It is middle of August, August 21 to be exact. The chokecherry bushes are full of berries and they are turning that deep purple that means, the bears will come over the mountains! And they have. We see their prints everywhere. In town, they are breaking into cars, tearing screen doors off of hinges and causing all kinds of havoc in order to get into trash cans, and even refrigerators. Yesterday, Luna chased a rather large black bear out of the back garden. I missed it because I had taken a hike with a friend up the back mountain to try and catch a glimpse of a mountain lion that had been spotted and had apparently taken down a fawn. One of the neighborhood dogs had brought home a small fawn leg bone…
We’ve had lots of rain and the fields are all blazing in shades of green, the cottonwoods are a deep green and the aspen, too. It’s that time of year when I look around and notice, the baby apples on the trees, the last of the apricots, the tall purple flowers of the echinacea and the golden rod. Even the Chamisa is beginning to bloom out. This morning after the farmers market, I drove up the highway to the James Ranch to pick up my milk, always one of the splendors of my week. As the weeks have passed, the cream on the top of the jug is thicker, the body of the milk is thicker. To me, the milk seems more and more precious because there are now probably only 8 more weeks of it’s divine nourishment, when the girls, as Dan James calls the cows, are put out to pasture. I recall what the poet Donald Hall said about beginning to mourn the loss of light as early as mid-June. The August light seems somehow brighter, stronger, more intense. The Dog Days of summer. But there is an earlier shadow.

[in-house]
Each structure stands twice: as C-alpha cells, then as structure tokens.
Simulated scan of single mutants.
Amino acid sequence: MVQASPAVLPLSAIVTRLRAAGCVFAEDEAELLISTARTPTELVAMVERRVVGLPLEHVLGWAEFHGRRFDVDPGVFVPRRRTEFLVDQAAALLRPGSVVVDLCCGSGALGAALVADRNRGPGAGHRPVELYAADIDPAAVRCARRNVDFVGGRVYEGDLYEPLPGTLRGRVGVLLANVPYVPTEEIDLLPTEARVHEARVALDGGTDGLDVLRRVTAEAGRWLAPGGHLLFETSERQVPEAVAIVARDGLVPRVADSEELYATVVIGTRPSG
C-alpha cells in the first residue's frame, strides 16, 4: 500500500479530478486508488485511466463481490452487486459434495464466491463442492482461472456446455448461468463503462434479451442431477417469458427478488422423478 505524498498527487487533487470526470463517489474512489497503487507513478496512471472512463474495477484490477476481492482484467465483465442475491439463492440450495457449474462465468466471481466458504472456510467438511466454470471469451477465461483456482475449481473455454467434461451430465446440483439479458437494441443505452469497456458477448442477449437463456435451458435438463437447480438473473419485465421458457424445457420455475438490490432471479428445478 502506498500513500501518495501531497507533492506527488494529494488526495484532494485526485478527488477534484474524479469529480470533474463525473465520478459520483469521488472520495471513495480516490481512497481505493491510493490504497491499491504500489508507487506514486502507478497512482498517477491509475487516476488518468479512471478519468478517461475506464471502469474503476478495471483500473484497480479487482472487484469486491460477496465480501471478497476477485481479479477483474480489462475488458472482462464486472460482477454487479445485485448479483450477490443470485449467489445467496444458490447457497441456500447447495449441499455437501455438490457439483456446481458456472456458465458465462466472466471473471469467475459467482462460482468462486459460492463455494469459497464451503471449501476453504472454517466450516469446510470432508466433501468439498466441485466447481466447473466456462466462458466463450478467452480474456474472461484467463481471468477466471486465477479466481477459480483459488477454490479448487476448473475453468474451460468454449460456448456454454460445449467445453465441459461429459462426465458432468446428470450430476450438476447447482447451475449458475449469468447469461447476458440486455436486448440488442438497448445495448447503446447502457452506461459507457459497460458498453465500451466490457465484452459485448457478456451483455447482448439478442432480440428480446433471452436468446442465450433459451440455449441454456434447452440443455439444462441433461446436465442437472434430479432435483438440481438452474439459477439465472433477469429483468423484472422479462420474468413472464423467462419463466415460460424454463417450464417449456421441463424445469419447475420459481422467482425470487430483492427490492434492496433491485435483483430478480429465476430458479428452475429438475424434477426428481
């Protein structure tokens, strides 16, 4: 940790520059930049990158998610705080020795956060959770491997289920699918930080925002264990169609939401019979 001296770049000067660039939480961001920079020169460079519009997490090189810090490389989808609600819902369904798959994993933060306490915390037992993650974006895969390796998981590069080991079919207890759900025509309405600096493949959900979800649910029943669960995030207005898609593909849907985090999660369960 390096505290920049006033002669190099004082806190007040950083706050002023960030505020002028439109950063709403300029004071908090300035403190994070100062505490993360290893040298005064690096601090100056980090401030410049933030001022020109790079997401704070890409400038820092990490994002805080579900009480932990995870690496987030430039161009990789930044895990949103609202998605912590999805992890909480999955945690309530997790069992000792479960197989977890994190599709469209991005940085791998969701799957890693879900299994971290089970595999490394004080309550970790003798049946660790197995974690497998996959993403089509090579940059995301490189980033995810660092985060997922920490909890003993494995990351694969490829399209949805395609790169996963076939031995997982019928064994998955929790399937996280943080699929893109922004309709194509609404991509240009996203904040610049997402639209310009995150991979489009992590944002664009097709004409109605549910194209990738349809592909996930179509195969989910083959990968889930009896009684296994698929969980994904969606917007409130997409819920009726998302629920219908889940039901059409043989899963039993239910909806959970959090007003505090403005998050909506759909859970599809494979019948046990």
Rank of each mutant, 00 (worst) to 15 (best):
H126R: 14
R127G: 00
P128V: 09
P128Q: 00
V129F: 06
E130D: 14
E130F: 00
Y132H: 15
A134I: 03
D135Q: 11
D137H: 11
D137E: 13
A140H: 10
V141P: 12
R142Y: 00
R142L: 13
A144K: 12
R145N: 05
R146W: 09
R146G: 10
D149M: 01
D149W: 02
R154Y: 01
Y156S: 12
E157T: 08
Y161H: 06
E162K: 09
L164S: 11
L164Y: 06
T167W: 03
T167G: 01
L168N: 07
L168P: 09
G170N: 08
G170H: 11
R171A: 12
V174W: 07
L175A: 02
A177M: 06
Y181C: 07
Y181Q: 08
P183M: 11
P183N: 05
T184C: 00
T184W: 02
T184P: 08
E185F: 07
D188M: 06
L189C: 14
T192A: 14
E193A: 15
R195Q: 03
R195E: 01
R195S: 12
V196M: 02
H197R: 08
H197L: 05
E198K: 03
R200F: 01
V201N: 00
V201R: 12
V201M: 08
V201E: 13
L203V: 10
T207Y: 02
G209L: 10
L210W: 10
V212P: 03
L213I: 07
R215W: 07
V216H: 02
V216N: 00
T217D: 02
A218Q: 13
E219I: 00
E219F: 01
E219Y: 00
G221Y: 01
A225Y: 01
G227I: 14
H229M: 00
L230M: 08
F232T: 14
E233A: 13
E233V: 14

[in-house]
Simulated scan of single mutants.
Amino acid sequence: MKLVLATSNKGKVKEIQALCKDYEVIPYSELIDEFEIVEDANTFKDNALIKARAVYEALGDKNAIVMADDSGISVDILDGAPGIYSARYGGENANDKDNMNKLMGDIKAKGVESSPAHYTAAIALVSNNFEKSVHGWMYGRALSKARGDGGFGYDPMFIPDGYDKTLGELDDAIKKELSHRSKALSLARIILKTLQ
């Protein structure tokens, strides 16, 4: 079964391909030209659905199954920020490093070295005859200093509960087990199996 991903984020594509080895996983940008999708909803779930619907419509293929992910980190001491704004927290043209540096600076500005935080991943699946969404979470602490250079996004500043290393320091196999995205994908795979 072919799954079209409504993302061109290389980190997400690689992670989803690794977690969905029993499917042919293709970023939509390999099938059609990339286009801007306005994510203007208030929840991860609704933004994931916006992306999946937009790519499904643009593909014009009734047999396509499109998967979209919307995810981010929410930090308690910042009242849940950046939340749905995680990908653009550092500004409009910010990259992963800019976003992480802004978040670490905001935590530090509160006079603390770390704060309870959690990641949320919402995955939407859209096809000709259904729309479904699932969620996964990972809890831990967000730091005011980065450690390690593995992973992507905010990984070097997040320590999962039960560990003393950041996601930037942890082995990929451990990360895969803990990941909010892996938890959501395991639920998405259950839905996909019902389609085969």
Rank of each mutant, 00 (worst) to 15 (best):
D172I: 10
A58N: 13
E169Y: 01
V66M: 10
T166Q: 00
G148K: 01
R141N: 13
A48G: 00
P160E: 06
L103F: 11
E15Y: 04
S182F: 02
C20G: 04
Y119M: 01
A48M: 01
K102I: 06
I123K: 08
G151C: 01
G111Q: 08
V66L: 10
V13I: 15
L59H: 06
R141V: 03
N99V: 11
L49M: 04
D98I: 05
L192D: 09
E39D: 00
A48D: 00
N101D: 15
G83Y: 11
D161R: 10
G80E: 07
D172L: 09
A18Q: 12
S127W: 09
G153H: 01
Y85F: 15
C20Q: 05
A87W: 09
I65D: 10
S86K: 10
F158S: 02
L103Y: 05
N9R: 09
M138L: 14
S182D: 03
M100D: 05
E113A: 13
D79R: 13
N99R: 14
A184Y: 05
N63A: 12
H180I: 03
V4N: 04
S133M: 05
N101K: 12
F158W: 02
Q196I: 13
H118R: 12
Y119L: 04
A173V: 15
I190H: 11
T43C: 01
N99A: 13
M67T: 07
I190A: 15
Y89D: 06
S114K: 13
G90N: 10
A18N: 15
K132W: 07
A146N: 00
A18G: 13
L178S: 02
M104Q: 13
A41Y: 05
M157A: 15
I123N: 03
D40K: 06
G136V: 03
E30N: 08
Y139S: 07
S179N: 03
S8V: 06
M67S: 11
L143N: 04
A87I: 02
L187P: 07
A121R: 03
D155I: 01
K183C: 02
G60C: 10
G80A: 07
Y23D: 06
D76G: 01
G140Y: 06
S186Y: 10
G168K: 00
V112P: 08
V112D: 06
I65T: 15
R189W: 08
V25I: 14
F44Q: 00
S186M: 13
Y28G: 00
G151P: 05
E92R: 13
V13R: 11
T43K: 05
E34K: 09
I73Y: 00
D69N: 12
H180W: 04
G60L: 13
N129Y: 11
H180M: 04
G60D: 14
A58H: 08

My friend Sally Florence’s recipe for Chokecherry Jam:
Remove all the stems and wash the berries than drain. Add 1 cup water to every 4 cups fruit. Place the bunch over very low heat and simmer until the fruit is tender, stirring. Push the pulp through a medium sieve; measure, and add an equal amount of sugar. Place over a medium heat and stir until the sugar has melted. Bring to a full rolling boil (as my mother used to say) and cook until the mixture sheets. Seal in hot sterialized jars. three cups pulp will make about 3 half-pints. We pour it over Coconut Bliss.
Next week I will be at the Durango Farmers Market with Growing Roots. If you’re in the area, stop by and see me.